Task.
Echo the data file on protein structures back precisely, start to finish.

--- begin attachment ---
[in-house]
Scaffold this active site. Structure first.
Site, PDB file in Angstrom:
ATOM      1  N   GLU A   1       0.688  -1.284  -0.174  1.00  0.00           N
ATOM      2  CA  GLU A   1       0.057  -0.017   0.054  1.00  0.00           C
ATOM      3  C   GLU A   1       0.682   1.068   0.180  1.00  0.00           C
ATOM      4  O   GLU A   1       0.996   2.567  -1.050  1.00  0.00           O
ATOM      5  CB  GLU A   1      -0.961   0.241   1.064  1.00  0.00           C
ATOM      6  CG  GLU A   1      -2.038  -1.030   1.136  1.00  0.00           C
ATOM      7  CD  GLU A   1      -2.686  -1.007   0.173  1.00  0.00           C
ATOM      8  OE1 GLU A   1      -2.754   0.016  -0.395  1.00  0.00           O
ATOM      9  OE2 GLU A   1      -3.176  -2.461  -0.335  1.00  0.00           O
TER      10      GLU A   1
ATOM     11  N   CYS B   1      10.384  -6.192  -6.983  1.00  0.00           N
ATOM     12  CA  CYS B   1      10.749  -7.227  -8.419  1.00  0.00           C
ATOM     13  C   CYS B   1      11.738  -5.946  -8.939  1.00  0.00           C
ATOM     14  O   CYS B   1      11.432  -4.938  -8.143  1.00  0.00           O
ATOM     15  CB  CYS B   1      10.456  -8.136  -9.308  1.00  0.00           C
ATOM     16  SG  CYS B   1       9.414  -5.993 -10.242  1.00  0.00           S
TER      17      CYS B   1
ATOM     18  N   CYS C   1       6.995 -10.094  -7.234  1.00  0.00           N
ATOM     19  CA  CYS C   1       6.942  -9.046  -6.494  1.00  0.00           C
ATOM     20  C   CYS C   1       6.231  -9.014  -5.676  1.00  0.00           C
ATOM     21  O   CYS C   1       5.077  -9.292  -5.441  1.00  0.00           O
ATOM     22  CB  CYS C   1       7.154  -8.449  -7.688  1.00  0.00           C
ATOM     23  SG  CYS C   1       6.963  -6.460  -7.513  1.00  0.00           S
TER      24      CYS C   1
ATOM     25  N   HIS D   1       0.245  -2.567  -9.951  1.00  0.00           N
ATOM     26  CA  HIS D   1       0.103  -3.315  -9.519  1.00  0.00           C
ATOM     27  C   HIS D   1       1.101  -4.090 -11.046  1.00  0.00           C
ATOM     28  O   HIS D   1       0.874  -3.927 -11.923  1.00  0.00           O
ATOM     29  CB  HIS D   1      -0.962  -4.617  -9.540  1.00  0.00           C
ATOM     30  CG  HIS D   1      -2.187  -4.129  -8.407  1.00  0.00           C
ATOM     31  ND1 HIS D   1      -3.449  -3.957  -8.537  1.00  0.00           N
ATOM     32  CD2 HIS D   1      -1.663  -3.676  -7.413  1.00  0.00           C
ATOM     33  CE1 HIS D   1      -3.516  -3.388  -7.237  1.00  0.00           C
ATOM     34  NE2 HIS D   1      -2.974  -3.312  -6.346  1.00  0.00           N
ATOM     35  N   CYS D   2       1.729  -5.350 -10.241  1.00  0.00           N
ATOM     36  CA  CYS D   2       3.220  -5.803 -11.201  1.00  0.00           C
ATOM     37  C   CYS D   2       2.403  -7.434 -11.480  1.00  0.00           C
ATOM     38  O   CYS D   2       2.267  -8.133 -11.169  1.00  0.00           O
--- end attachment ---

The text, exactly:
[in-house]
Scaffold this active site. Structure first.
Site, PDB file in Angstrom:
ATOM      1  N   GLU A   1       0.688  -1.284  -0.174  1.00  0.00           N
ATOM      2  CA  GLU A   1       0.057  -0.017   0.054  1.00  0.00           C
ATOM      3  C   GLU A   1       0.682   1.068   0.180  1.00  0.00           C
ATOM      4  O   GLU A   1       0.996   2.567  -1.050  1.00  0.00           O
ATOM      5  CB  GLU A   1      -0.961   0.241   1.064  1.00  0.00           C
ATOM      6  CG  GLU A   1      -2.038  -1.030   1.136  1.00  0.00           C
ATOM      7  CD  GLU A   1      -2.686  -1.007   0.173  1.00  0.00           C
ATOM      8  OE1 GLU A   1      -2.754   0.016  -0.395  1.00  0.00           O
ATOM      9  OE2 GLU A   1      -3.176  -2.461  -0.335  1.00  0.00           O
TER      10      GLU A   1
ATOM     11  N   CYS B   1      10.384  -6.192  -6.983  1.00  0.00           N
ATOM     12  CA  CYS B   1      10.749  -7.227  -8.419  1.00  0.00           C
ATOM     13  C   CYS B   1      11.738  -5.946  -8.939  1.00  0.00           C
ATOM     14  O   CYS B   1      11.432  -4.938  -8.143  1.00  0.00           O
ATOM     15  CB  CYS B   1      10.456  -8.136  -9.308  1.00  0.00           C
ATOM     16  SG  CYS B   1       9.414  -5.993 -10.242  1.00  0.00           S
TER      17      CYS B   1
ATOM     18  N   CYS C   1       6.995 -10.094  -7.234  1.00  0.00           N
ATOM     19  CA  CYS C   1       6.942  -9.046  -6.494  1.00  0.00           C
ATOM     20  C   CYS C   1       6.231  -9.014  -5.676  1.00  0.00           C
ATOM     21  O   CYS C   1       5.077  -9.292  -5.441  1.00  0.00           O
ATOM     22  CB  CYS C   1       7.154  -8.449  -7.688  1.00  0.00           C
ATOM     23  SG  CYS C   1       6.963  -6.460  -7.513  1.00  0.00           S
TER      24      CYS C   1
ATOM     25  N   HIS D   1       0.245  -2.567  -9.951  1.00  0.00           N
ATOM     26  CA  HIS D   1       0.103  -3.315  -9.519  1.00  0.00           C
ATOM     27  C   HIS D   1       1.101  -4.090 -11.046  1.00  0.00           C
ATOM     28  O   HIS D   1       0.874  -3.927 -11.923  1.00  0.00           O
ATOM     29  CB  HIS D   1      -0.962  -4.617  -9.540  1.00  0.00           C
ATOM     30  CG  HIS D   1      -2.187  -4.129  -8.407  1.00  0.00           C
ATOM     31  ND1 HIS D   1      -3.449  -3.957  -8.537  1.00  0.00           N
ATOM     32  CD2 HIS D   1      -1.663  -3.676  -7.413  1.00  0.00           C
ATOM     33  CE1 HIS D   1      -3.516  -3.388  -7.237  1.00  0.00           C
ATOM     34  NE2 HIS D   1      -2.974  -3.312  -6.346  1.00  0.00           N
ATOM     35  N   CYS D   2       1.729  -5.350 -10.241  1.00  0.00           N
ATOM     36  CA  CYS D   2       3.220  -5.803 -11.201  1.00  0.00           C
ATOM     37  C   CYS D   2       2.403  -7.434 -11.480  1.00  0.00           C
ATOM     38  O   CYS D   2       2.267  -8.133 -11.169  1.00  0.00           O